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User talk:Levivich

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WP:PAYTALKEdit

 
Just hanging out, cool as a cucumber until you rap me up in a salad.
19:30, 5 December 2019 (UTC)

I really admire your PAYTALK verse (rap?).[1] Man, I wish I'd written that. Bishonen | talk 16:35, 5 December 2019 (UTC).

Thanks, Bish! I've been referring to it as the epic Levivich–bradv rap battle. I think it makes me seem cooler. :-D Levivich 17:01, 5 December 2019 (UTC)
You are cooler...like an ice cube. Oh, wait...that name's taken so we'll call you "Cucumber" 🥒. Atsme Talk 📧 19:25, 5 December 2019 (UTC)

DamnEdit

I didn't even get the T-shirt!-- Deepfriedokra 03:14, 6 December 2019 (UTC)

Deepfriedokra, I think I know someone who might have one they don't need anymore. (Too soon?) Levivich 04:21, 6 December 2019 (UTC)
{{smh}} –MJLTalk 06:06, 6 December 2019 (UTC)

UnambiguousEdit

I've noticed a couple times recently you've made the argument to the effect of, "People are arguing about whether something is unambiguous so ipso facto it's not unambiguous." I've been thinking about this. There's definitely some truth to that and I don't think I disagree with your ultimate conclusion in either case. However, no matter the standard, even unambiguous, there are going to be edge cases. And in those edge cases "is this unambiguous or merely clear?" there will be disagreement. So I'm not ultimately persuaded by the inherent "people disagree so obviously it must not be that" line of thinking - but the argument has gotten me to think :). You seem like the kind that might be interested in this kind of thinking so I thought I would share and only post here in a philosophical sense. Best, Barkeep49 (talk) 05:06, 7 December 2019 (UTC)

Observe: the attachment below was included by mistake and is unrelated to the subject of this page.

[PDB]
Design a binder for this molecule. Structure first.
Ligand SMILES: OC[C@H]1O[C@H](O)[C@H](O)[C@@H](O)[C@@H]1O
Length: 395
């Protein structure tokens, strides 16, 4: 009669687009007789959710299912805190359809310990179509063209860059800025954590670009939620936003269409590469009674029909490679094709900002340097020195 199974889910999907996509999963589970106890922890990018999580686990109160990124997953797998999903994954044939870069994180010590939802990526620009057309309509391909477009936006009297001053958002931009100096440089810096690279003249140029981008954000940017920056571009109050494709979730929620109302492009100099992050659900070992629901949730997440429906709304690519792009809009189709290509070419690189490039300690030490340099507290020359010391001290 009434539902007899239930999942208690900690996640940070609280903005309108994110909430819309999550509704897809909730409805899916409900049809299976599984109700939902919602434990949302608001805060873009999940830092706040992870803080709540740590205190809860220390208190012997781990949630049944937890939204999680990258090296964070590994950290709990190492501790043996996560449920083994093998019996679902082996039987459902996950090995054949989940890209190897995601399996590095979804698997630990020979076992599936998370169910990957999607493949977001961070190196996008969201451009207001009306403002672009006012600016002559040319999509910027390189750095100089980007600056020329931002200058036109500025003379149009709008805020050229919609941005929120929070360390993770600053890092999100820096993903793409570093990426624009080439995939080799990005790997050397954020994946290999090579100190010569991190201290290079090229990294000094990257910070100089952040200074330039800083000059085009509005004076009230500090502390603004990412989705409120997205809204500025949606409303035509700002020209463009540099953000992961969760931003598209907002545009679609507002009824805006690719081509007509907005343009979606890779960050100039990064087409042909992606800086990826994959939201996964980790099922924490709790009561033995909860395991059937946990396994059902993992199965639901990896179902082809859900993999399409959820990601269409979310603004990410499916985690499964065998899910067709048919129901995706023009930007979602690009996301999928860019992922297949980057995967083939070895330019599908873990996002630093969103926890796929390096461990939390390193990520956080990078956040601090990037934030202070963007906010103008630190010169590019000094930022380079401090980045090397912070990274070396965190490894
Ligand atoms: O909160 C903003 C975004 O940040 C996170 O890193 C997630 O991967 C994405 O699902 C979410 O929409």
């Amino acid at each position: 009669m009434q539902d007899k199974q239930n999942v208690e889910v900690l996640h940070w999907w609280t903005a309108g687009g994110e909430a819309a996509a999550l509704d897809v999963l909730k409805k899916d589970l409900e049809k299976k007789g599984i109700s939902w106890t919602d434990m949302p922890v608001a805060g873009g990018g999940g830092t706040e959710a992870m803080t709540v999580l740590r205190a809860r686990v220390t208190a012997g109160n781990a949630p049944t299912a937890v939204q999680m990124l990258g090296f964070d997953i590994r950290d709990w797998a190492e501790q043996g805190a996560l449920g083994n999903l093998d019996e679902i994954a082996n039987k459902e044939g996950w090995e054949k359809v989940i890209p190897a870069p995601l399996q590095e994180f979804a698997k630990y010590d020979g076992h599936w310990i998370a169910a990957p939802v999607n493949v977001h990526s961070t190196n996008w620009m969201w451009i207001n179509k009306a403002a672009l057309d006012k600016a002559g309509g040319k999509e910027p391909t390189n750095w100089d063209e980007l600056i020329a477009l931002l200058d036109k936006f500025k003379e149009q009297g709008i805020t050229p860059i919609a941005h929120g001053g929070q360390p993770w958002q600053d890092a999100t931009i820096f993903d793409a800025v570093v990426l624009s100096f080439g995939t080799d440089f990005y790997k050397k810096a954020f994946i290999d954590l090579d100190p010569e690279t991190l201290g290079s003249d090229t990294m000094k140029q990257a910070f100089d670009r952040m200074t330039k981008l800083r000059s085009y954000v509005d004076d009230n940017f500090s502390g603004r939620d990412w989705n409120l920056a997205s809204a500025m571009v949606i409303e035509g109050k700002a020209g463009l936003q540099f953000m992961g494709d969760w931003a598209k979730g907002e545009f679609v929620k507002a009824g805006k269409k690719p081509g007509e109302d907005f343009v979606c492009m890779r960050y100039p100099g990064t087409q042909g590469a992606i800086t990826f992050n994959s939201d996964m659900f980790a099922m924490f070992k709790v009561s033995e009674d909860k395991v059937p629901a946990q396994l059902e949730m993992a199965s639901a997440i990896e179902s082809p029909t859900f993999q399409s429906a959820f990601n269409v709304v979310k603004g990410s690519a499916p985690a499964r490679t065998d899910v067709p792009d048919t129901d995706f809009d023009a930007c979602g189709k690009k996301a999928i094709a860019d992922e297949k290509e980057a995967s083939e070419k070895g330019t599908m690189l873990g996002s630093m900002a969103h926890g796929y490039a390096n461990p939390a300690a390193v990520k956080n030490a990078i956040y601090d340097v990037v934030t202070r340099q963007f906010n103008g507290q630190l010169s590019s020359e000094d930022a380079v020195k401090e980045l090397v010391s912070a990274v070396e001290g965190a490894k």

You're right, I'm a metatheory geek :-) Unambiguous means "not ambiguous", and "ambiguous" means "open to multiple interpretations", so unambigious = not open to multiple interpretations = only one interpretation. And of course that implies only one reasonable interpretation. Assuming a scenario where there are only two possible interpretations, X and !X, one might look at the ambiguity spectrum like this:
Spectrum 1:
unambiguously X | <--- ambiguous --> | unambiguously !X
Under the Spectrum 1 view, if the only reasonable interpretation is that it's X, then it's unambiguously X. If the only reasonable interpretation is !X, then it's unambiguously !X. If both X and !X are reasonable interpretations, then it's not unambiguously either, and so it's ambiguous. Assuming everyone is (1) competent and (2) acting in good faith, and "X" is subjectively and not objectively measured, then if there is disagreement, that means there are multiple reasonable interpretations, and therefore it's ambiguous. Disagreement = ambiguity.
However, one might see a more nuanced spectrum:
Spectrum 2:
unambiguously X | clearly X | probably X | <--- ambiguous --> | probably !X | clearly !X | unambiguously !X
Under Spectrum 2, people might disagree if it's unambiguously X or just probably X, but if all that disagreement is on the X side of the spectrum, then the disagreement doesn't mean that anyone thinks it's ambiguous, or anyone thinks it's !X. In that case, disagreement ≠ ambiguity.
When we're talking about reviewing CSD deletions at DRV, the standard is "unambiguously X" (X = "attack page" or "too-close paraphrasing" or whatever), so I think there is only one possible spectrum that applies:
Spectrum 3:
unambiguously X | <--- all other possibilities -->